Things to Know About Your Medicare Plan if ACA is Repealed

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What Will Happen to Your Medicare If the ACA Is Repealed?

One of the first actions by the Republican-led Congress in 2017 was to move toward repealing the Affordable Care Act (ACA), or “Obamacare.” This first step, while it doesn’t guarantee a dismantling of the law, does raise the question of what might happen to Medicare, which has several ties to the ACA, if a repeal occurs.

While it’s impossible to say what the exact effects would be, it’s likely that an ACA repeal would result in significant changes for the Medicare program and its beneficiaries. A total repeal of the ACA—without replacement provisions enacted—could lead to higher costs in some areas but lower costs in others.

The reason for these cost changes, according to a Kaiser Family Foundation (KFF) brief, is that the ACA has many provisions that are tied to Medicare. To help you understand how your Medicare costs might be affected if the ACA is totally repealed, we reviewed the KFF brief and put together an analysis of the potential changes and impacts.

How an ACA repeal might raise costs for Medicare beneficiaries.

The KFF brief points to a report by the Congressional Budget Office that estimates a complete ACA repeal would lead to as much as $802 billion more Medicare spending by 2025. Higher Medicare spending, in general, could lead to increased costs for beneficiaries in certain areas.

If the law is repealed—and no new laws are enacted in their place—costs may rise for beneficiaries in a few key ways.

  • Increased Part A deductible and copay costs, as well as increased Part B premium and deductible costs. If spending resumes to pre-ACA levels, Medicare deductibles, copays, and premiums could rise to offset the increased spending.
  • Increased costs for Part B preventive care. An ACA repeal would reverse the extra funds going to pay for Medicare beneficiaries’ preventive benefits.
  • Increased Part D costs for those in the coverage gap. The coverage gap, or “donut hole,” for Part D drug benefits was partially filled by extra funds mandated by the ACA.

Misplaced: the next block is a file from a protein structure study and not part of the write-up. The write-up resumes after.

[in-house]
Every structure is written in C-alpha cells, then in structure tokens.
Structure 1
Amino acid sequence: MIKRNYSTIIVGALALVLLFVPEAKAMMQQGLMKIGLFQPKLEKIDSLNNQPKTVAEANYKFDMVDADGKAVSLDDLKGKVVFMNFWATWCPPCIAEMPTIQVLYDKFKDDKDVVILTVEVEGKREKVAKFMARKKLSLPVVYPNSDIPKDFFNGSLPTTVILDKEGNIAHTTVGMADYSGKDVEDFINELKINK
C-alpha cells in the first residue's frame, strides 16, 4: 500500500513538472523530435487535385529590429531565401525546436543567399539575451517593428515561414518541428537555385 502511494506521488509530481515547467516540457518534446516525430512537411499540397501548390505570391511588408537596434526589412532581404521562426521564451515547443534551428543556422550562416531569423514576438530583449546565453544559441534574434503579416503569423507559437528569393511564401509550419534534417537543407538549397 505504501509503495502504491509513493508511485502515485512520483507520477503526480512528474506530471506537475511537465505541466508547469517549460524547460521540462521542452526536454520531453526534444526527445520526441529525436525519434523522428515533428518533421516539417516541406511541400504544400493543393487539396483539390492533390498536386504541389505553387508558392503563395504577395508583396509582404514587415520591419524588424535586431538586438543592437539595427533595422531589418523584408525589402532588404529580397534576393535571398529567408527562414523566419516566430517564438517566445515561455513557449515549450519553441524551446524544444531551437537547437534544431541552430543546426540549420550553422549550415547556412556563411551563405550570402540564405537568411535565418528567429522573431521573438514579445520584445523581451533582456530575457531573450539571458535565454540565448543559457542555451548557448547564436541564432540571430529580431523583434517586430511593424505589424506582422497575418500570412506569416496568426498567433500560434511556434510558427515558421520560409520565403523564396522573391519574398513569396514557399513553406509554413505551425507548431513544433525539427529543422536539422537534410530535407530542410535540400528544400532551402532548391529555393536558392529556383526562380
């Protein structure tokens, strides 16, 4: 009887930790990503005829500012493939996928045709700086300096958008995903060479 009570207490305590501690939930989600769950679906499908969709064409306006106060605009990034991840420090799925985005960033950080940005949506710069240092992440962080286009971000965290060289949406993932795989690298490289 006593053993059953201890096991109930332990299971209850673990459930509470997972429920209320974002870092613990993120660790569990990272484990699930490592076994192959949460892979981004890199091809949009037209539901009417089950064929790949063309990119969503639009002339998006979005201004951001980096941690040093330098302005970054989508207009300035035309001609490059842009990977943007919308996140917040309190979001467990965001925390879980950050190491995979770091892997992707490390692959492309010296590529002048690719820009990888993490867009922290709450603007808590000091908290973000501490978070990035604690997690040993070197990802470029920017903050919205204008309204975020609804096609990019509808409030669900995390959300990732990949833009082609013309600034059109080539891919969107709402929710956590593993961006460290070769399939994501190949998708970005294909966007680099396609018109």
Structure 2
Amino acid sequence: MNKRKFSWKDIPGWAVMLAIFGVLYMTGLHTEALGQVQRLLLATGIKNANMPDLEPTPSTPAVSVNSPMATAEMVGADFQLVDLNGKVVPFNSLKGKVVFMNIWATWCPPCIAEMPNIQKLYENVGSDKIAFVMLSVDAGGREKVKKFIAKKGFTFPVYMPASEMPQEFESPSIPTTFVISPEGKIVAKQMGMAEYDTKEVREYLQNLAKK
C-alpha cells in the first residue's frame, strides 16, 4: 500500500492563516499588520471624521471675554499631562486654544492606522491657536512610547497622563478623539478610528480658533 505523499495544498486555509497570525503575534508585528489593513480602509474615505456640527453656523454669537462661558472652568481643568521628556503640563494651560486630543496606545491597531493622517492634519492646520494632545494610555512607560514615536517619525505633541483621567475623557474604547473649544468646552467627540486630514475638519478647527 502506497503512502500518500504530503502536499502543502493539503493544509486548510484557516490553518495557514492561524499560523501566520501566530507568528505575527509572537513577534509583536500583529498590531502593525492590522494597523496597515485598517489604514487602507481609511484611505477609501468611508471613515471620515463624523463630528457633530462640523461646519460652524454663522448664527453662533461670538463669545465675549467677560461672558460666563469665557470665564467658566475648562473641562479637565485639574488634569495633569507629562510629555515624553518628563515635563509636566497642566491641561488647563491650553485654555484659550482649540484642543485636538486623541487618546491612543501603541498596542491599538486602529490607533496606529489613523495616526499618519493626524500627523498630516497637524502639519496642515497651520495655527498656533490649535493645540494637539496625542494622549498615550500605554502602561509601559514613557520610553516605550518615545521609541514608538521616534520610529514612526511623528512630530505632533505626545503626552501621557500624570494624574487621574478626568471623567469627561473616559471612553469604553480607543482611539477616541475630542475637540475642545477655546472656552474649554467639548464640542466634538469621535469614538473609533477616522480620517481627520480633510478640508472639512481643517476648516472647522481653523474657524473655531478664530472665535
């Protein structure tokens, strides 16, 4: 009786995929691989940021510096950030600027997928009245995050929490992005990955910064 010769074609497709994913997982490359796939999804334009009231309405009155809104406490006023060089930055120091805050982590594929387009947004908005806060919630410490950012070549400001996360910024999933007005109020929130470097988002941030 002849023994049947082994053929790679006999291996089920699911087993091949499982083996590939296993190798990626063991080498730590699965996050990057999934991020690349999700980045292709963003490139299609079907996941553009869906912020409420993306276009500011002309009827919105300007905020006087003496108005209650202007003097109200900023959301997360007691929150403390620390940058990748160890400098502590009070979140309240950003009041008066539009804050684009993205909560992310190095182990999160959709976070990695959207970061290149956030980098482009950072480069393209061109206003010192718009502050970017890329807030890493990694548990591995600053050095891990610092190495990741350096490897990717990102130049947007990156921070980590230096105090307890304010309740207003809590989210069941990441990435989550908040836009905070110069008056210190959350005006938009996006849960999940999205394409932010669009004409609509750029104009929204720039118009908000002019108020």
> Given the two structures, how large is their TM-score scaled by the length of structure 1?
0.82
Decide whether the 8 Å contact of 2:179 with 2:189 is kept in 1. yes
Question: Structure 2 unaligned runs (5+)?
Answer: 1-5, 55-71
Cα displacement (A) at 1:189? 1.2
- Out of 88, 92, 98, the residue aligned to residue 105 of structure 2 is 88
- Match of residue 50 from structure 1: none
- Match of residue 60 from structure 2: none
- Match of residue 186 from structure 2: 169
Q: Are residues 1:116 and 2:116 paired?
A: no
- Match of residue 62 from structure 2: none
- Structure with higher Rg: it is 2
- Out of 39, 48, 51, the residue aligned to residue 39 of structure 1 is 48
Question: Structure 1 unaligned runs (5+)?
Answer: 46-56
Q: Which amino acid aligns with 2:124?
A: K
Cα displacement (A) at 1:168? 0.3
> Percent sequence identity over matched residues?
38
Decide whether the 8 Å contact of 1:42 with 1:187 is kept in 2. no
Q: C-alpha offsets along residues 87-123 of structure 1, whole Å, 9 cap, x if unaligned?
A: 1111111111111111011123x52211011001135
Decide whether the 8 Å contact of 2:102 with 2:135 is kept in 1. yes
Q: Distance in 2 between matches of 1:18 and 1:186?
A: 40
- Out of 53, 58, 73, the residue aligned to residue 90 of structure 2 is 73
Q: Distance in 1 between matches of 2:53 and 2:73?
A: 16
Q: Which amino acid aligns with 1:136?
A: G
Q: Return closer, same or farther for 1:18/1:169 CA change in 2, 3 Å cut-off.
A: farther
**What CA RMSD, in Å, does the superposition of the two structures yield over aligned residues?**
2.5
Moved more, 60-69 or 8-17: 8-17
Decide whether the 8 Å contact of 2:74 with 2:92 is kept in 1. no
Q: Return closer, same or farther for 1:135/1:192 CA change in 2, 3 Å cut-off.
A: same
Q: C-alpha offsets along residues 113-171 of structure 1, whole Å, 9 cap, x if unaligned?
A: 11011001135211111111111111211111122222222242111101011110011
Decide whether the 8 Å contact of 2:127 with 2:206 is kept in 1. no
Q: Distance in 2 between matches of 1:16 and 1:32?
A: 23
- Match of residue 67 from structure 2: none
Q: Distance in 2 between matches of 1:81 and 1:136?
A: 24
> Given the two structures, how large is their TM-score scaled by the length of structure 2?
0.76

How an ACA repeal might lower costs for Medicare beneficiaries.

While some costs for beneficiaries could rise if the ACA is repealed, the KFF brief suggests a few ways in which costs could decrease for some.

  • Improved benefits and lower out-of-pocket costs for Medicare Advantage enrollees. The ACA reduced the amount of money that Medicare Advantage plans get from the federal government. Thus, a repeal of the ACA means these plans would get more money, allowing them to pass the savings on to their enrollees.
  • Lower Part D premiums. According to the KFF brief, average premiums for Part D drug plans could decrease because “Part D premiums are set to cover 25.5 percent of program costs, and reinstating the Part D coverage gap would lower Part D spending.”
  • Lower payroll taxes and premiums for wealthier beneficiaries. The ACA was partially funded by an increase in payroll taxes for individuals who earn more than $200,000. In addition, the ACA raised premiums for wealthier Part B enrollees and Part D enrollees who make more than $85,000.

Need more information?

As more information is revealed about Congress’s plans for the ACA and Medicare, we will be sure to tell you how the changes might affect you. You can also read our analysis of how President-Elect Donald Trump’s proposed health care plan could affect Medicare.

If you’re approaching Medicare eligibility or looking for information about Medicare plans, contact one of our licensed insurance agents. You can reach us by phone at 855-802-1206 from 7 a.m. to 5 p.m. Mountain Time; closed weekends.

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